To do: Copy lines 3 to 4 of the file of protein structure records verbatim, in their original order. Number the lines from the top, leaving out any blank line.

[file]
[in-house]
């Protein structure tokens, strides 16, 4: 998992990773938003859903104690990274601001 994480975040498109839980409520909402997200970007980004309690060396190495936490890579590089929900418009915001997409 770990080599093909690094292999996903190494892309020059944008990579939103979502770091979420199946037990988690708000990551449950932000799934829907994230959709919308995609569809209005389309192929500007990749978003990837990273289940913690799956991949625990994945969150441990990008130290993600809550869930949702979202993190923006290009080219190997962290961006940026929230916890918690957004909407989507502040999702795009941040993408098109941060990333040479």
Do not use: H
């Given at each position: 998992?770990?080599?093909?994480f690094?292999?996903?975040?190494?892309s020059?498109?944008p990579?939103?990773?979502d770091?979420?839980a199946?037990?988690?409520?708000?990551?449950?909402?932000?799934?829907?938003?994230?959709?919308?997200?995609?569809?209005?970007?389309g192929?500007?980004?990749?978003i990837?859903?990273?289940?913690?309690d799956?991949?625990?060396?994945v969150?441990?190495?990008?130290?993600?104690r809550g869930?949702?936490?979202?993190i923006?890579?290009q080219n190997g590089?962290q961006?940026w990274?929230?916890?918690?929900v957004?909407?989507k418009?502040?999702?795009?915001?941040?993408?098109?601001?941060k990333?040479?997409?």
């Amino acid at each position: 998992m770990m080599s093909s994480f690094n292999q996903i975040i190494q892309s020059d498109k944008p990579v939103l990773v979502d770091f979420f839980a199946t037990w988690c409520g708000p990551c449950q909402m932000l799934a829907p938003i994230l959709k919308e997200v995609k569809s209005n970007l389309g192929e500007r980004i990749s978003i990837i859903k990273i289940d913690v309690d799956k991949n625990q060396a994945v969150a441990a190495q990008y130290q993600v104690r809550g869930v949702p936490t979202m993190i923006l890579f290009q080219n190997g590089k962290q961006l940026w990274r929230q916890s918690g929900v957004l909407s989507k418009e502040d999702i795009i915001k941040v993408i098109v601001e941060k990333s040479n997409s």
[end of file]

Do not use: H
């Given at each position: 998992?770990?080599?093909?994480f690094?292999?996903?975040?190494?892309s020059?498109?944008p990579?939103?990773?979502d770091?979420?839980a199946?037990?988690?409520?708000?990551?449950?909402?932000?799934?829907?938003?994230?959709?919308?997200?995609?569809?209005?970007?389309g192929?500007?980004?990749?978003i990837?859903?990273?289940?913690?309690d799956?991949?625990?060396?994945v969150?441990?190495?990008?130290?993600?104690r809550g869930?949702?936490?979202?993190i923006?890579?290009q080219n190997g590089?962290q961006?940026w990274?929230?916890?918690?929900v957004?909407?989507k418009?502040?999702?795009?915001?941040?993408?098109?601001?941060k990333?040479?997409?």